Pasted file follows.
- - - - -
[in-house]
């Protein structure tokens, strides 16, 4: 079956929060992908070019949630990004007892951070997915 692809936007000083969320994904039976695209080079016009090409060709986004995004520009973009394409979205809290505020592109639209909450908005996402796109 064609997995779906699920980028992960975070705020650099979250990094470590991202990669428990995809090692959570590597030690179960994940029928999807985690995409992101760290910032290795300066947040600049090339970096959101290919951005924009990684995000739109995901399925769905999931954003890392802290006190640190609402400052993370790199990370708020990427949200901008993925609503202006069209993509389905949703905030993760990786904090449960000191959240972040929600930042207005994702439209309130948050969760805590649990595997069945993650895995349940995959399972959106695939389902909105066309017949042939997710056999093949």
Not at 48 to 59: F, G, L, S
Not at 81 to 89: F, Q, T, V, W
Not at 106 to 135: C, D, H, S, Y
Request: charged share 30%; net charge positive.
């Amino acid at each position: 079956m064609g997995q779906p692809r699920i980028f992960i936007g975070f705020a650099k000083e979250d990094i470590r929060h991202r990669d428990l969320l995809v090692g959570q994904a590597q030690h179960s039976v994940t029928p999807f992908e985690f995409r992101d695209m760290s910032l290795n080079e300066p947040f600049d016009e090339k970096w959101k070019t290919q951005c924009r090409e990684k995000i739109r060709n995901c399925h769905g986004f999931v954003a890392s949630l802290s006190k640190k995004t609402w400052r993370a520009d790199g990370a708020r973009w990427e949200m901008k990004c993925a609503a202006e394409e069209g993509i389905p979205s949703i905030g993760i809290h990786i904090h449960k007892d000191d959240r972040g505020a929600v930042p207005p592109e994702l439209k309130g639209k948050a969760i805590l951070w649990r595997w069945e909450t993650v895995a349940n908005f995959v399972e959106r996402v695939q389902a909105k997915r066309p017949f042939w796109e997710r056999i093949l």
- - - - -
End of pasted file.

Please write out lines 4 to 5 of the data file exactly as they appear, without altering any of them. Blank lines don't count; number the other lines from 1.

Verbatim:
Not at 81 to 89: F, Q, T, V, W
Not at 106 to 135: C, D, H, S, Y